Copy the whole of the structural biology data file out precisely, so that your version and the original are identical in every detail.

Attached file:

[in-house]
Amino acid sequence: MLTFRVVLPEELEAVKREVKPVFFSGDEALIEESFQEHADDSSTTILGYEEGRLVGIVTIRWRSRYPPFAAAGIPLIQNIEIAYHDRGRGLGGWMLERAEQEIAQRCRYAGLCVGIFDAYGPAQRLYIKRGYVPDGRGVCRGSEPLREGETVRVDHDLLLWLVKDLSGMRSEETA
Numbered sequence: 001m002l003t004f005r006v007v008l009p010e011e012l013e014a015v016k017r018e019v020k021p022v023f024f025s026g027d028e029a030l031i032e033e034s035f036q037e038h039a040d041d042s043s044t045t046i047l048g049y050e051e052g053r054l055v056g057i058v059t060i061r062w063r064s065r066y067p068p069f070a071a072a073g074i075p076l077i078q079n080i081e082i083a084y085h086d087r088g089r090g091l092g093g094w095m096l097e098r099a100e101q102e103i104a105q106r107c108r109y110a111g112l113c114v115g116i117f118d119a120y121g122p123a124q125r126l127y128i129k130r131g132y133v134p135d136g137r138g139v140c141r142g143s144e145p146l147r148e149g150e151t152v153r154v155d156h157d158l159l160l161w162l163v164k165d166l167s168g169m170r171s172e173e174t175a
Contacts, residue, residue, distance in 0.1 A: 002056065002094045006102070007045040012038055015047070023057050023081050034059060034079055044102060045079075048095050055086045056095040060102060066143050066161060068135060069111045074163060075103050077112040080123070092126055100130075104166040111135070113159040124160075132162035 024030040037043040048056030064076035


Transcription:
[in-house]
Amino acid sequence: MLTFRVVLPEELEAVKREVKPVFFSGDEALIEESFQEHADDSSTTILGYEEGRLVGIVTIRWRSRYPPFAAAGIPLIQNIEIAYHDRGRGLGGWMLERAEQEIAQRCRYAGLCVGIFDAYGPAQRLYIKRGYVPDGRGVCRGSEPLREGETVRVDHDLLLWLVKDLSGMRSEETA
Numbered sequence: 001m002l003t004f005r006v007v008l009p010e011e012l013e014a015v016k017r018e019v020k021p022v023f024f025s026g027d028e029a030l031i032e033e034s035f036q037e038h039a040d041d042s043s044t045t046i047l048g049y050e051e052g053r054l055v056g057i058v059t060i061r062w063r064s065r066y067p068p069f070a071a072a073g074i075p076l077i078q079n080i081e082i083a084y085h086d087r088g089r090g091l092g093g094w095m096l097e098r099a100e101q102e103i104a105q106r107c108r109y110a111g112l113c114v115g116i117f118d119a120y121g122p123a124q125r126l127y128i129k130r131g132y133v134p135d136g137r138g139v140c141r142g143s144e145p146l147r148e149g150e151t152v153r154v155d156h157d158l159l160l161w162l163v164k165d166l167s168g169m170r171s172e173e174t175a
Contacts, residue, residue, distance in 0.1 A: 002056065002094045006102070007045040012038055015047070023057050023081050034059060034079055044102060045079075048095050055086045056095040060102060066143050066161060068135060069111045074163060075103050077112040080123070092126055100130075104166040111135070113159040124160075132162035 024030040037043040048056030064076035